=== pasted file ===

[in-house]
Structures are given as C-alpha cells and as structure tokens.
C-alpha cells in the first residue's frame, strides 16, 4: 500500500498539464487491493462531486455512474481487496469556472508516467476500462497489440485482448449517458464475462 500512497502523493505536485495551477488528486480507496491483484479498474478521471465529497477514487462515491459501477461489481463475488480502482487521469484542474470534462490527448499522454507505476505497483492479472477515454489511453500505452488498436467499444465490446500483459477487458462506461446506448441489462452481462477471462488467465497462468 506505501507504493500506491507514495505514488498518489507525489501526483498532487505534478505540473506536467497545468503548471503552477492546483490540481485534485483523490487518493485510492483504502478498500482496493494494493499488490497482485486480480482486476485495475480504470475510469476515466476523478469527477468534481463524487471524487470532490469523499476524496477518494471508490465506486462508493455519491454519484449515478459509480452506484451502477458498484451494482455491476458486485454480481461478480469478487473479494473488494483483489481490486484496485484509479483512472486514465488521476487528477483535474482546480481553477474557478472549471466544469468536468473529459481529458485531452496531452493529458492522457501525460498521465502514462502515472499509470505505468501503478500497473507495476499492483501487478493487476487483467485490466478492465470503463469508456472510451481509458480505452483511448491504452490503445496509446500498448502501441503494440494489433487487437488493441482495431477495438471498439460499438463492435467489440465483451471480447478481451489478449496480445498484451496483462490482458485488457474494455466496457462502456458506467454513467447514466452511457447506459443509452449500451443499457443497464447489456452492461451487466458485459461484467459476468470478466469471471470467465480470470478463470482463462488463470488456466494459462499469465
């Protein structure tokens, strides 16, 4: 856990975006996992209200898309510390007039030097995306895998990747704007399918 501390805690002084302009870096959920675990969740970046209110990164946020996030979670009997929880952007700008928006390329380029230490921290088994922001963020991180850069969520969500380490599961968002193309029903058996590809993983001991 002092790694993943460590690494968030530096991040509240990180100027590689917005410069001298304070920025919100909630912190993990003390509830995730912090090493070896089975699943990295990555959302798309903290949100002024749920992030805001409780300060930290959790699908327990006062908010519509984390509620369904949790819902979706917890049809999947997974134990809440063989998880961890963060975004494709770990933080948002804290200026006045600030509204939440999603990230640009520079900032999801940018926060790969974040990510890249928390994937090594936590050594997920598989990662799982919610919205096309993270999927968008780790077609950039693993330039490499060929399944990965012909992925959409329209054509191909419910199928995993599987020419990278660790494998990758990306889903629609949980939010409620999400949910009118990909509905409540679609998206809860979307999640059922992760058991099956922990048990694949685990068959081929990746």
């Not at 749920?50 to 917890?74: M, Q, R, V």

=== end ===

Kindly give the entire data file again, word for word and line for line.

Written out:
[in-house]
Structures are given as C-alpha cells and as structure tokens.
C-alpha cells in the first residue's frame, strides 16, 4: 500500500498539464487491493462531486455512474481487496469556472508516467476500462497489440485482448449517458464475462 500512497502523493505536485495551477488528486480507496491483484479498474478521471465529497477514487462515491459501477461489481463475488480502482487521469484542474470534462490527448499522454507505476505497483492479472477515454489511453500505452488498436467499444465490446500483459477487458462506461446506448441489462452481462477471462488467465497462468 506505501507504493500506491507514495505514488498518489507525489501526483498532487505534478505540473506536467497545468503548471503552477492546483490540481485534485483523490487518493485510492483504502478498500482496493494494493499488490497482485486480480482486476485495475480504470475510469476515466476523478469527477468534481463524487471524487470532490469523499476524496477518494471508490465506486462508493455519491454519484449515478459509480452506484451502477458498484451494482455491476458486485454480481461478480469478487473479494473488494483483489481490486484496485484509479483512472486514465488521476487528477483535474482546480481553477474557478472549471466544469468536468473529459481529458485531452496531452493529458492522457501525460498521465502514462502515472499509470505505468501503478500497473507495476499492483501487478493487476487483467485490466478492465470503463469508456472510451481509458480505452483511448491504452490503445496509446500498448502501441503494440494489433487487437488493441482495431477495438471498439460499438463492435467489440465483451471480447478481451489478449496480445498484451496483462490482458485488457474494455466496457462502456458506467454513467447514466452511457447506459443509452449500451443499457443497464447489456452492461451487466458485459461484467459476468470478466469471471470467465480470470478463470482463462488463470488456466494459462499469465
């Protein structure tokens, strides 16, 4: 856990975006996992209200898309510390007039030097995306895998990747704007399918 501390805690002084302009870096959920675990969740970046209110990164946020996030979670009997929880952007700008928006390329380029230490921290088994922001963020991180850069969520969500380490599961968002193309029903058996590809993983001991 002092790694993943460590690494968030530096991040509240990180100027590689917005410069001298304070920025919100909630912190993990003390509830995730912090090493070896089975699943990295990555959302798309903290949100002024749920992030805001409780300060930290959790699908327990006062908010519509984390509620369904949790819902979706917890049809999947997974134990809440063989998880961890963060975004494709770990933080948002804290200026006045600030509204939440999603990230640009520079900032999801940018926060790969974040990510890249928390994937090594936590050594997920598989990662799982919610919205096309993270999927968008780790077609950039693993330039490499060929399944990965012909992925959409329209054509191909419910199928995993599987020419990278660790494998990758990306889903629609949980939010409620999400949910009118990909509905409540679609998206809860979307999640059922992760058991099956922990048990694949685990068959081929990746």
């Not at 749920?50 to 917890?74: M, Q, R, V």